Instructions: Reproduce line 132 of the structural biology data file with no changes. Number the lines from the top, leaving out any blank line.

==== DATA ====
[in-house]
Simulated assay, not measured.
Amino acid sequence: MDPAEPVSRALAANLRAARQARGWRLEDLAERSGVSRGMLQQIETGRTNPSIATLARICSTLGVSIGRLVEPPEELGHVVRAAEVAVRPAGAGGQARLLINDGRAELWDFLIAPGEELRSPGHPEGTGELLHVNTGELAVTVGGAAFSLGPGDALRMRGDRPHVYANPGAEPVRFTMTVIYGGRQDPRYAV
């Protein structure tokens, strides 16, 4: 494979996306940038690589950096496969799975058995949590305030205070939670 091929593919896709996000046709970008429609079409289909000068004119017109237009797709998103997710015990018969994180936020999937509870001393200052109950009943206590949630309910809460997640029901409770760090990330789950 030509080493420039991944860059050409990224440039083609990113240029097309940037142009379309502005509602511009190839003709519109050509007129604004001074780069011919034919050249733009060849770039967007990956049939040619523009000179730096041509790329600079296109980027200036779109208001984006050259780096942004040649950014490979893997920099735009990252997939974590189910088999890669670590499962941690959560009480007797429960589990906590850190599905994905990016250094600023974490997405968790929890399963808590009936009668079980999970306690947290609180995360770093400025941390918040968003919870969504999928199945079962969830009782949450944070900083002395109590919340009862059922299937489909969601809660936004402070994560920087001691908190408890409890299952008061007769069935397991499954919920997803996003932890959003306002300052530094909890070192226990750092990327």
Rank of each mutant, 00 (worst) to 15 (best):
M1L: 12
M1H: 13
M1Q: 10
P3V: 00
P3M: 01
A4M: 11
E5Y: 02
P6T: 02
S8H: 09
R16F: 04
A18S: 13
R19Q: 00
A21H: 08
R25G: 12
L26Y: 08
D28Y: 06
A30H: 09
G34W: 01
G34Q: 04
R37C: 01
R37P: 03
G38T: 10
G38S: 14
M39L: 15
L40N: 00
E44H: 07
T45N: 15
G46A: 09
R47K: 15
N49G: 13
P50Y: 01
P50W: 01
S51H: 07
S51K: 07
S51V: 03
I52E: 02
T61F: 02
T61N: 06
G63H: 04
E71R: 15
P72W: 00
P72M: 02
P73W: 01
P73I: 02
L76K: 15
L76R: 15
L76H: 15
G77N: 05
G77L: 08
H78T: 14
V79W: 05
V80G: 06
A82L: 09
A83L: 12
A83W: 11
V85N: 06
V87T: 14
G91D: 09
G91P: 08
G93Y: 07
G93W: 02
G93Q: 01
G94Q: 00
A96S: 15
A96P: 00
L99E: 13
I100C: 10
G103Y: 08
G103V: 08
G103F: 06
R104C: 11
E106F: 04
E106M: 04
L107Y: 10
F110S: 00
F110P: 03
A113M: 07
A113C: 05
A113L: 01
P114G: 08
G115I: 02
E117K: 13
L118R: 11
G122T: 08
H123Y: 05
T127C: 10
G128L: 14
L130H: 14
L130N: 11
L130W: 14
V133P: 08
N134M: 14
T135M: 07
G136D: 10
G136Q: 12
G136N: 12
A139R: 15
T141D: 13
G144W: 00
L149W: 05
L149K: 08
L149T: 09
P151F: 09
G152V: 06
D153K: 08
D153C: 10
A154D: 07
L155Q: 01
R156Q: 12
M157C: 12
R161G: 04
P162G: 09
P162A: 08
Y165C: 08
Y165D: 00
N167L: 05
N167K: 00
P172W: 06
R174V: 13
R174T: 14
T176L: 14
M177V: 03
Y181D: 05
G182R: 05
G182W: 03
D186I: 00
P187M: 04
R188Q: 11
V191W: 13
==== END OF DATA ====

P187M: 04